Introduction: Using Alternate Zero and Alignment Lasers With the Handibot

Note: reviewing this 9 years later it is quite obsolete as I don't know anyone still using a Handybot but I'll leave this up as 1) it was my first and 2) the principles remain the same for other CNC.

It has come up several times in the forums and G+ that it seems that quite a few Handibot owners don't fully understand all the ways you can manually index the handibot so I thought I'd do a little instructable.

This may be helpful to other cnc router owners as well.

Step 1: Understanding XY Datum Position

The default way to use most any cnc router is to have X and Y zero points at the lower left-hand side of your cut envelope and always work in positive numbers. In the case of the handibot, this would be 0-6" for X and 0-8" for Y but you don't have to work this way. I Vcarve Pro you can choose any of five places for your zero datum, and each has its advantage.

  • The first figure shows the center of your work selected as the XY zero as selected in job setup of Vcarve Pro
  • The second figure shows how this looks on our drawing, notice the numbers go both positive and negative just like graphing back in High School.
  • The third figure shows the Zero datum moved to the upper right.

Step 2: Using Alternate Datum Zero Points and Laser Alinmet to Your Advantage.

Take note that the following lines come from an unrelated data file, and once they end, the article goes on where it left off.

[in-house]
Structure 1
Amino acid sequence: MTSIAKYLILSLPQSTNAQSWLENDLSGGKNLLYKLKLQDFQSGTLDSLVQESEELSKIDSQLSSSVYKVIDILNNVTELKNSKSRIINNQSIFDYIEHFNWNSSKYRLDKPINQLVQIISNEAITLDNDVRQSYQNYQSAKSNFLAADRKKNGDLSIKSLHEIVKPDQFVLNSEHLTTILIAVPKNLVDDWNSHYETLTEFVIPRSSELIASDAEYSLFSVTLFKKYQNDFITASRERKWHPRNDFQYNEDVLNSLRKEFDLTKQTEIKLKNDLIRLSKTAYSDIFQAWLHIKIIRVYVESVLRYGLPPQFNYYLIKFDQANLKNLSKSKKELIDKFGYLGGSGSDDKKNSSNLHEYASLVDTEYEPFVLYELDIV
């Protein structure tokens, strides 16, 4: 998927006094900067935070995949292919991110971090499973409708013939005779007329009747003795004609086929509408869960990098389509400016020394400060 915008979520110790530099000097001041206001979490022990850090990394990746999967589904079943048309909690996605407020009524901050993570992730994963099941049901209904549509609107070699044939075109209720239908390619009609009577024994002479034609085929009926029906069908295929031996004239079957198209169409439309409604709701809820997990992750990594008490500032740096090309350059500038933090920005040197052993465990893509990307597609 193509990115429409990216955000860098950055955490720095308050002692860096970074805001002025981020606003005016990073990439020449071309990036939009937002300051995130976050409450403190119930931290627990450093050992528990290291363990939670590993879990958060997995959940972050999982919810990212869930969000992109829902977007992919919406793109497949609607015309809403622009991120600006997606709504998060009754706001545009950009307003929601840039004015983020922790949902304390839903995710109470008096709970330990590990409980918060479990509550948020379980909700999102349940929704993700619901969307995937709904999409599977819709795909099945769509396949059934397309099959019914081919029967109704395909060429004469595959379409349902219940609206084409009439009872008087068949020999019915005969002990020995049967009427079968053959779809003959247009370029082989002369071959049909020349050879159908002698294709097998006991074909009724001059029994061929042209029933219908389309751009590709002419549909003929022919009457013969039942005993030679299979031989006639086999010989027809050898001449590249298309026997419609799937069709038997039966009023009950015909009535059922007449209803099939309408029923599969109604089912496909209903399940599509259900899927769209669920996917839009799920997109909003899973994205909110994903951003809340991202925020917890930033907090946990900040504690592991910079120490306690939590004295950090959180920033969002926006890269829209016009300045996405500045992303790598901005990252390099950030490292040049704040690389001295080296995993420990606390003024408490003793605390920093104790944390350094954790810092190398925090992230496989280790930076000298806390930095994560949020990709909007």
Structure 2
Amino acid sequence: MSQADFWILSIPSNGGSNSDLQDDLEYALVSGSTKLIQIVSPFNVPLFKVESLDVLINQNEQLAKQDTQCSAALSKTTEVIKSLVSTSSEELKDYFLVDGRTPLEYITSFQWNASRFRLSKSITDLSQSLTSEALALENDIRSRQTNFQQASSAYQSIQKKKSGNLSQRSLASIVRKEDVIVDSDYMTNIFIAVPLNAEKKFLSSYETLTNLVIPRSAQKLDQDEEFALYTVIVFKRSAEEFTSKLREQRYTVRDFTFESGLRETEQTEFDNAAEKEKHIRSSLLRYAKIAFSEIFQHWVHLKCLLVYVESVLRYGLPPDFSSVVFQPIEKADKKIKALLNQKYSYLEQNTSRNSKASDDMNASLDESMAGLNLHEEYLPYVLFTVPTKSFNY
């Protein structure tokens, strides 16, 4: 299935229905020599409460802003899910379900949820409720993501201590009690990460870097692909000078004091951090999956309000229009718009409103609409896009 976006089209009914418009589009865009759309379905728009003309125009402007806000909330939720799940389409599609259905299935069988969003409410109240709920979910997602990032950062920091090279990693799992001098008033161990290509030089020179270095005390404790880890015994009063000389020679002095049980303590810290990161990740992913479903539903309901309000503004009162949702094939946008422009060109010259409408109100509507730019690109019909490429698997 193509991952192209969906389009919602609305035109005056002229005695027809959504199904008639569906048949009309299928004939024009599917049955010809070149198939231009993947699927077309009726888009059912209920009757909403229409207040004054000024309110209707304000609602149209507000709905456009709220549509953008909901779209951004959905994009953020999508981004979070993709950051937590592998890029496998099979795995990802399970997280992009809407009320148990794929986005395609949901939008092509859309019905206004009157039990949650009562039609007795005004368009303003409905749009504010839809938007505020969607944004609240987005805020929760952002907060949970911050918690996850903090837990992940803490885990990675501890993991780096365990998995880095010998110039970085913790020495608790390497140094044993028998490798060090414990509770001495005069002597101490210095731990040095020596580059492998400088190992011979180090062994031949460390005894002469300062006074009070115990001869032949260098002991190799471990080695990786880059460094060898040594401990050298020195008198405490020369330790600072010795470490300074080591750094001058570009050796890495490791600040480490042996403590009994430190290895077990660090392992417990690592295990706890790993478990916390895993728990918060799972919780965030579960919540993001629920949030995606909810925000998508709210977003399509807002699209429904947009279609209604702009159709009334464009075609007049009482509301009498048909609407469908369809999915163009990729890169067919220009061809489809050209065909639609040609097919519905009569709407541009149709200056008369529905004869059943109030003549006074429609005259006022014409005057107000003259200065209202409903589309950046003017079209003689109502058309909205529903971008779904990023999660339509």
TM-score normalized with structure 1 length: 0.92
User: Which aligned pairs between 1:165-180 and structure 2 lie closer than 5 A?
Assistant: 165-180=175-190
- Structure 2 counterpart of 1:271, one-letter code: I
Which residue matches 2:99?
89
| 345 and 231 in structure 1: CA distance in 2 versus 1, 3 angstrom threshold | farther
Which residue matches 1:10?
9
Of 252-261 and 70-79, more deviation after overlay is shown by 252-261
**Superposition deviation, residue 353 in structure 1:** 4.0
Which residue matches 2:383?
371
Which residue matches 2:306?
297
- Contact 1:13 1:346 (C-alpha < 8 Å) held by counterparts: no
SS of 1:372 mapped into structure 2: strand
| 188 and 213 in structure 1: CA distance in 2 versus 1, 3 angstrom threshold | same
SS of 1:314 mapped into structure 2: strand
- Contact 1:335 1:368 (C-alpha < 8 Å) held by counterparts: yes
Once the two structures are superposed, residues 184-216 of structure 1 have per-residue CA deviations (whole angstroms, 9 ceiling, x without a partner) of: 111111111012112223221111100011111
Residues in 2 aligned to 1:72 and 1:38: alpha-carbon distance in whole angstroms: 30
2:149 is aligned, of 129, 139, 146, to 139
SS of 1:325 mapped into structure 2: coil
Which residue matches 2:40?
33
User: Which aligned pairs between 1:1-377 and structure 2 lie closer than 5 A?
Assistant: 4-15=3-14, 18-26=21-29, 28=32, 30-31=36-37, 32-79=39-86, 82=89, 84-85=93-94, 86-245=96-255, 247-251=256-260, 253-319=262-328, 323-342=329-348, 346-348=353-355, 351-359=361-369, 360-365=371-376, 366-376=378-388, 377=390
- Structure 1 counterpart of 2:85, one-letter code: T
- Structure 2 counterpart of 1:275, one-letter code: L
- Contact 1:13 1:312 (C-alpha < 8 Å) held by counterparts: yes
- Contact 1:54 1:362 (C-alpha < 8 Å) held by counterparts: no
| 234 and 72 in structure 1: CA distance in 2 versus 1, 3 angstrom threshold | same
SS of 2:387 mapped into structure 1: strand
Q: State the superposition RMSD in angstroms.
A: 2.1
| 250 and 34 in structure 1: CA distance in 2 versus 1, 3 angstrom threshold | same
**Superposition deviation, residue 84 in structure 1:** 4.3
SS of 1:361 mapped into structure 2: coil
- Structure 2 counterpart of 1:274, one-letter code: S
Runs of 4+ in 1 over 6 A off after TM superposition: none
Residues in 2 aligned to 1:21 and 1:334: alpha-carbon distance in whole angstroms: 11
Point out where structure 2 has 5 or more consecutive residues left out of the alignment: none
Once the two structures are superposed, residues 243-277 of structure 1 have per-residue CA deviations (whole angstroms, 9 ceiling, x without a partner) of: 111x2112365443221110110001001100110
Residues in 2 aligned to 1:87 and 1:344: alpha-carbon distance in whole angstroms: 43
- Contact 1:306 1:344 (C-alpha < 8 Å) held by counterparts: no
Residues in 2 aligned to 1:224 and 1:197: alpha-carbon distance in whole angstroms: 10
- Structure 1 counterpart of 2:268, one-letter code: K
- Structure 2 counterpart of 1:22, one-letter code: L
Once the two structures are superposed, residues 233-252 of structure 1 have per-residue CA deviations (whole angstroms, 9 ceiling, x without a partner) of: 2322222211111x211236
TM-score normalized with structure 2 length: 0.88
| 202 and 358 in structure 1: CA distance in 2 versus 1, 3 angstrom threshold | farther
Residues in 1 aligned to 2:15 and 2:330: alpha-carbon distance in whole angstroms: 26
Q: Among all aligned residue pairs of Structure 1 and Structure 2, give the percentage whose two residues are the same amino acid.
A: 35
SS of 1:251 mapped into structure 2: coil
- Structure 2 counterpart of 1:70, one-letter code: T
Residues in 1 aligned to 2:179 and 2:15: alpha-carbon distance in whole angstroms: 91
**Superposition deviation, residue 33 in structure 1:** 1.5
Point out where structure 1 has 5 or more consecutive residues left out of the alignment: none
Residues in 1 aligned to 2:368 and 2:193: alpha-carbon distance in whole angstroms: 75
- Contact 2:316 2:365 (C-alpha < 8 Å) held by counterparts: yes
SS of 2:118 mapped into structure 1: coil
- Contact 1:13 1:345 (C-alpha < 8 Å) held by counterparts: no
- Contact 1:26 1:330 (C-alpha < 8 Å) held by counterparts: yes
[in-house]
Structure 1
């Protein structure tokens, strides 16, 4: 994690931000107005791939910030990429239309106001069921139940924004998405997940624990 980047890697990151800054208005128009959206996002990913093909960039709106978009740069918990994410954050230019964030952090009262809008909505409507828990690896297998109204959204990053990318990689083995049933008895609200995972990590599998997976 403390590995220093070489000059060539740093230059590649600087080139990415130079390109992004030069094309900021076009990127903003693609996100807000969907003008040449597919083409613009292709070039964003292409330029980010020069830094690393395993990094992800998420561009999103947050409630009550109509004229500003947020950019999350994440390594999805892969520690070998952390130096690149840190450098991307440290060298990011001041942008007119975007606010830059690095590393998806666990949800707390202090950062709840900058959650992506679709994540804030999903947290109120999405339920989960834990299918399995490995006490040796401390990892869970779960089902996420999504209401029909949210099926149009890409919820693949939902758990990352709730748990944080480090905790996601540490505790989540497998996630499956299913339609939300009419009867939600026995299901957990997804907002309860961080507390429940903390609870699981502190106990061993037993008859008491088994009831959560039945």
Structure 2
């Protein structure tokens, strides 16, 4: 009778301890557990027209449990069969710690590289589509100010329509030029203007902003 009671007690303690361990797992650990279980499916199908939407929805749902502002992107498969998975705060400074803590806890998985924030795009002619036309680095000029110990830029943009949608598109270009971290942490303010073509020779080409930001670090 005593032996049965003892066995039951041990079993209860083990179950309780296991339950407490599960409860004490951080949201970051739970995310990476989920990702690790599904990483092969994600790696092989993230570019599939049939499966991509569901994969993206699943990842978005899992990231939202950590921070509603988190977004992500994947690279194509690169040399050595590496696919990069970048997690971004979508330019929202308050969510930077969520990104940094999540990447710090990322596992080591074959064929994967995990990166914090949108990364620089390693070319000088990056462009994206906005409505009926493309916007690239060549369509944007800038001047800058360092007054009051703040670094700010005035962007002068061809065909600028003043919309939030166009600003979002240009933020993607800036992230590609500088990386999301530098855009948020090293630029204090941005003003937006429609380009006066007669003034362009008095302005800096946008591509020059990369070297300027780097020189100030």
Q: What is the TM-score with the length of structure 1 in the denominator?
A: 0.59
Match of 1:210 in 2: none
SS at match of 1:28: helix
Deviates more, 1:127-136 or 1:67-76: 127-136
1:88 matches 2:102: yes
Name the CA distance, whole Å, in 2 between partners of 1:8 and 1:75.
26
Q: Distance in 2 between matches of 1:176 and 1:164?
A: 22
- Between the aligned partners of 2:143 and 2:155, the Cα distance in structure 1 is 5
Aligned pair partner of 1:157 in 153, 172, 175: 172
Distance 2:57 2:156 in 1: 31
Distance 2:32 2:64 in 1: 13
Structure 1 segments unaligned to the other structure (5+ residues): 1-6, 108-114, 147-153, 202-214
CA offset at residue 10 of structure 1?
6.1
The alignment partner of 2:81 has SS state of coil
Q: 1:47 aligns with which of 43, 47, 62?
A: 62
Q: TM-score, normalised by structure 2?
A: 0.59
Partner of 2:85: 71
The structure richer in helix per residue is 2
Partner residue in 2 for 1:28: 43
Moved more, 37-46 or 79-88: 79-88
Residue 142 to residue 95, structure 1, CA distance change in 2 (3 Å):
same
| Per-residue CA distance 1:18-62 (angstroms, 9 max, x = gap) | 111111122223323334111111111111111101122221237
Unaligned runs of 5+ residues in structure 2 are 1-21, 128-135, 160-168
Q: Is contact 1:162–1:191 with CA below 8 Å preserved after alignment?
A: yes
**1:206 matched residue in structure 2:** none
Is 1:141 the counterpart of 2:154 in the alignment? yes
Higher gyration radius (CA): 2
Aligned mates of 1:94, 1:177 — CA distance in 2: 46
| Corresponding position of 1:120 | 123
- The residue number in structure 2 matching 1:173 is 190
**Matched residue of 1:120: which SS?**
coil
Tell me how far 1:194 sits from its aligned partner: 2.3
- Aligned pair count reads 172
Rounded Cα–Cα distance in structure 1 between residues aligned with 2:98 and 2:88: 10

So, at this point you may be asking how does this help anything?

Okay, as a handibot owner/user you know you can take the machine to your work.

  • Suppose we want to put a three-inch round hole in the floor

    • This would be the time to use the centered datum

    • Move the router to the middle of it's cut window

    • Set the handibot over the place you want to cut your circle

    • You can now get the router directly over the spot either by jogging the X and Y axis or by lightly tapping the handibot.

      • Alignment is easiest if you have a laser alignment jig but can be done just by "eyeballing" if the position is not critical.

    • If the job is not round, you will need to align the handibot rotationally as well, this done by laying down some pencil lines parallel to your work piece.

      • You can align one laser line or the other to be parallel to the handibots x or y axis, this can make alignment much easier.

    • If you need to start a job a certain distance from an edge, this is where alternate zero's comes in handy.

      • Say we need to put an inlay in a bench top three inches in from the front edge and four inches from the right edge.

        • Here we would choose the lower right for our zero.

        • We moved the router over near the bottom right of our cutting window and aligned over where we have marked

        • Again, this is much easier with a laser jig but can be done fairly well with eyeballing. All a matter of how close you need to be.

Here is a video by the fine folks at shopbot, not much explanation with it but is a demonstration of using the laser alignment jig. Youtube video

Step 3: Closing

As always, I welcome questions and suggested edits for clarity or style.

Thanx for looking.